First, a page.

'They are not leaving': Taxi drivers worry province will strike another deal with Uber

Dozens of taxi drivers took to the streets in a march to the new transport minister's office in downtown Montreal today in hopes of pressuring the government and Uber to respect the taxi law.

Taxi drivers held protest in downtown Montreal to put pressure on new transport minister

Taxi drivers marched on the transport minister's Montreal office to pressure the government not to make any new deals with Uber. The ride-hailing company has said it will leave Quebec this week if the province imposes stricter rules. (Lauren McCallum/CBC)

Dozens of taxi drivers took to the streets in a march to the newly appointed transport minister's office in downtown Montreal Wednesday in hopes of putting pressure on the government and Uber.

They say they are worried that a last-minute deal will be struck between Uber and the province after the ride-hailing company threatened to cease its operations in Quebec.

"We are here to say to the government to stand up and not go down for Uber," said Wilson Jean Paul, a spokesperson for taxi union RTAM-Métallos.

The ride-hailing company said it will leave Quebec if the province imposes stricter regulations, including making Uber drivers undergo 35 hours of training, just as traditional taxi drivers are required to do.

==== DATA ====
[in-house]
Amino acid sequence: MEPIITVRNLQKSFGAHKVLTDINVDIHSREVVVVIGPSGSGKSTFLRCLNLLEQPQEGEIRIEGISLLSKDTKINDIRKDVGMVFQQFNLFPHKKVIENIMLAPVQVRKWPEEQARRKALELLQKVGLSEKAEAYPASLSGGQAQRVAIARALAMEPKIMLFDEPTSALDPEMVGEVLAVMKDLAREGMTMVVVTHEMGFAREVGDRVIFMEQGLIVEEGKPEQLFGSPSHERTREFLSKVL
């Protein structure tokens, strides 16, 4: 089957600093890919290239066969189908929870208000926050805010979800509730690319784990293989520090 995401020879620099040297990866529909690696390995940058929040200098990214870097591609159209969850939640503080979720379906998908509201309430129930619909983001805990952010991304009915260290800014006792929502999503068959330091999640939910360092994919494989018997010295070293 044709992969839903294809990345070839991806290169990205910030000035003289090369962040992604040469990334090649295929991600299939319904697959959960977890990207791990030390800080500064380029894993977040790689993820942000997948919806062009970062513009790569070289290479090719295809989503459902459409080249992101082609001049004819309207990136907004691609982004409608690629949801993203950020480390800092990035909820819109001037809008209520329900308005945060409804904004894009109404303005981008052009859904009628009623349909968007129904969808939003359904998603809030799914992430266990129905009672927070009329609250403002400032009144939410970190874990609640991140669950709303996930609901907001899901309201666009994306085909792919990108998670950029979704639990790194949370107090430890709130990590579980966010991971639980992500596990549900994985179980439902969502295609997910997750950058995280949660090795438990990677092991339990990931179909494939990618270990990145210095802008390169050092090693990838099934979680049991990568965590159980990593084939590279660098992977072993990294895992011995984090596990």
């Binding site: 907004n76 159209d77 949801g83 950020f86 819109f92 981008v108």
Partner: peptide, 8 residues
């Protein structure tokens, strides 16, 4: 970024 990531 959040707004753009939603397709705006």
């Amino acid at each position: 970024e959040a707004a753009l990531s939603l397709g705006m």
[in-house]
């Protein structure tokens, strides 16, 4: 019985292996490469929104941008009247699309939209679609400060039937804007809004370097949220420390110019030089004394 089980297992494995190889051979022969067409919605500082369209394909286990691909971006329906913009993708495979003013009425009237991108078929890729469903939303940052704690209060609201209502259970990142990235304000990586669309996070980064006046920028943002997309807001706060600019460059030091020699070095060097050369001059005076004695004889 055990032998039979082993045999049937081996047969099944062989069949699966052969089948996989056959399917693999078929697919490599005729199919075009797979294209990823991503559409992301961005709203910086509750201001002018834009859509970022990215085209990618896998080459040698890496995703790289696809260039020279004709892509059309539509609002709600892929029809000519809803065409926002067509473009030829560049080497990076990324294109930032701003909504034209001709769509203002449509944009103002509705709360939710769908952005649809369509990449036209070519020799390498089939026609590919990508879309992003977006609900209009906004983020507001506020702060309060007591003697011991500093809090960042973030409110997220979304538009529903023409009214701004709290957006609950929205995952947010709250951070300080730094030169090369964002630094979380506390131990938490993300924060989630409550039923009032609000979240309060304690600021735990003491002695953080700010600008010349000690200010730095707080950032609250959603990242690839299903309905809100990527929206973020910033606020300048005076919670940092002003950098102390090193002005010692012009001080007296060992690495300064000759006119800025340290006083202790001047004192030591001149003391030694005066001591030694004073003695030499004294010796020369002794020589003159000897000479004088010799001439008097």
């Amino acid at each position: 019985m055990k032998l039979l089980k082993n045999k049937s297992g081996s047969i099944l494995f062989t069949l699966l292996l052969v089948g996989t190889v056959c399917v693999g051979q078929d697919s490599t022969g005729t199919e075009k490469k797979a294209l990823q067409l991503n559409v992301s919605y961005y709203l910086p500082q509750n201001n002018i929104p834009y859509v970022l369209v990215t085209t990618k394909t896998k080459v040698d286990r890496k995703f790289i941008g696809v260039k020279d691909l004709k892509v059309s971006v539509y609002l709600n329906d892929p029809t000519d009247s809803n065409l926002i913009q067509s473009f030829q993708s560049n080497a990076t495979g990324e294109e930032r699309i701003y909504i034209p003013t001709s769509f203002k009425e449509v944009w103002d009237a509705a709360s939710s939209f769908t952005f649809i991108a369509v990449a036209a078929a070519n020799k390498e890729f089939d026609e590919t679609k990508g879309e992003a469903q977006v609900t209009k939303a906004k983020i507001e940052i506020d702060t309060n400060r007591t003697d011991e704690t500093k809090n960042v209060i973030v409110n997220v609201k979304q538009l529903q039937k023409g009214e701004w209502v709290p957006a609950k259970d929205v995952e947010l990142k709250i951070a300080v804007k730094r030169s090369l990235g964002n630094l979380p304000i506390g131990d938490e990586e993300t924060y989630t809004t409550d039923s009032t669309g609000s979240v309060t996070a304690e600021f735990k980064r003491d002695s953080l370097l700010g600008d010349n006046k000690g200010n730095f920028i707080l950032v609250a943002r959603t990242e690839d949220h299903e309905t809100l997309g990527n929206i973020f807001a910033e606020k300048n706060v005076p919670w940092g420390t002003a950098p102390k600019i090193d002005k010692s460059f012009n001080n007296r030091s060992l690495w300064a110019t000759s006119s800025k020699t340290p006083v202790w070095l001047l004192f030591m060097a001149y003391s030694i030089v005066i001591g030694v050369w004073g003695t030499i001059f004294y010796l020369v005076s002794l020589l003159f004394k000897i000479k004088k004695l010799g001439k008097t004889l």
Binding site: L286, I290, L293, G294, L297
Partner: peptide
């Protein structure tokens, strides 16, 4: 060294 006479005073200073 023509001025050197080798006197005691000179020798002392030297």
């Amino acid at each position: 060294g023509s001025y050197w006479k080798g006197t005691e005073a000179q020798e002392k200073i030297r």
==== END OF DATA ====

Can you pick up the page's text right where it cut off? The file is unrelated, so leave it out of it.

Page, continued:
The government also wants Uber to have criminal background checks on its drivers done by police, instead of by the private companies that do them now, and it wants Uber drivers to have their cars inspected every 12 months.

Uber said it will cease operations on Oct. 14, one year after the pilot project came into effect.

In September, Uber announced it will leave Quebec if the province implements tougher rules. (Kai Pfaffenbach/Reuters)

'Nothing will happen'

Some at the protest also cast doubt on Quebec's newly appointed transport minister, André Fortin, saying he will give in to Uber's demands as the deadline draws near. When asked if he had any thoughts about Uber on Wednesday, Fortin said, "Not yet."

"It's business as usual, we're losing on a daily basis," said Hassan Kattoul. 

"Nothing will happen — it's just free publicity for Uber."

Kattoul said if the pilot project isn't cancelled, taxi drivers deserve to be compensated for a loss of income and decreased value of their permits. He's also certain that an agreement will be struck.

Taxi drivers are hoping the Quebec government won't back down from its plan to impose stricter rules on Uber. (CBC)

"They are not leaving, they are not going anywhere," he said.

The protest also comes as taxi drivers recently lost another legal battle against Uber when the province's Superior Court rejected its demands to have Uber's operations declared illegal and its permit revoked.

Taxi companies, the union representing taxi drivers and other stakeholders argued former transport minister Laurent Lessard exceeded his authority when he signed a deal with the ride-hailing company in 2016.

With files from Lauren McCallum and the Canadian Press